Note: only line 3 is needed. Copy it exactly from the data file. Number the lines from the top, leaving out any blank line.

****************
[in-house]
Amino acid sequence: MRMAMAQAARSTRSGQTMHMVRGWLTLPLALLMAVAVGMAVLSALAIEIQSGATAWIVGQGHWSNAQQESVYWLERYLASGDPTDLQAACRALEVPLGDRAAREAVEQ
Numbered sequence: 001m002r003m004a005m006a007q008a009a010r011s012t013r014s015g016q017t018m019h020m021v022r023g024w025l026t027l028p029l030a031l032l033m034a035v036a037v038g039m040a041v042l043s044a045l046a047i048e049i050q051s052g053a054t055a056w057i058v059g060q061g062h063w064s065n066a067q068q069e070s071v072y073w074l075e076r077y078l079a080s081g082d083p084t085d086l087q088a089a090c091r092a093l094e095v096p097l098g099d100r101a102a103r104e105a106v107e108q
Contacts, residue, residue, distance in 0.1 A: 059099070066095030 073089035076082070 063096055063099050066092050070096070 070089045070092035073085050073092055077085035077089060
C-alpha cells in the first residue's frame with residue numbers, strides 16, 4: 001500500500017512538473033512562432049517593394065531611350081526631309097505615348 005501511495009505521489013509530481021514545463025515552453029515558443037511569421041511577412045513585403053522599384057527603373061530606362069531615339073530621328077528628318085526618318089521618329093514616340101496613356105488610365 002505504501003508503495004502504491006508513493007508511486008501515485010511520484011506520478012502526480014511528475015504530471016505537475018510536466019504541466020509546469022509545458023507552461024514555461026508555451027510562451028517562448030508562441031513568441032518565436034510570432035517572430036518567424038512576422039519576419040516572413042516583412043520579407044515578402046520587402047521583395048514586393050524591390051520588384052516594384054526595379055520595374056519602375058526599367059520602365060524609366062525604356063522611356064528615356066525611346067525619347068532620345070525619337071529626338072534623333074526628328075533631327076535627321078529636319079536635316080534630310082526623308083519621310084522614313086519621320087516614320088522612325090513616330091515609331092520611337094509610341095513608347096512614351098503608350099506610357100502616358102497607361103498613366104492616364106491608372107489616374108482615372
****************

Numbered sequence: 001m002r003m004a005m006a007q008a009a010r011s012t013r014s015g016q017t018m019h020m021v022r023g024w025l026t027l028p029l030a031l032l033m034a035v036a037v038g039m040a041v042l043s044a045l046a047i048e049i050q051s052g053a054t055a056w057i058v059g060q061g062h063w064s065n066a067q068q069e070s071v072y073w074l075e076r077y078l079a080s081g082d083p084t085d086l087q088a089a090c091r092a093l094e095v096p097l098g099d100r101a102a103r104e105a106v107e108q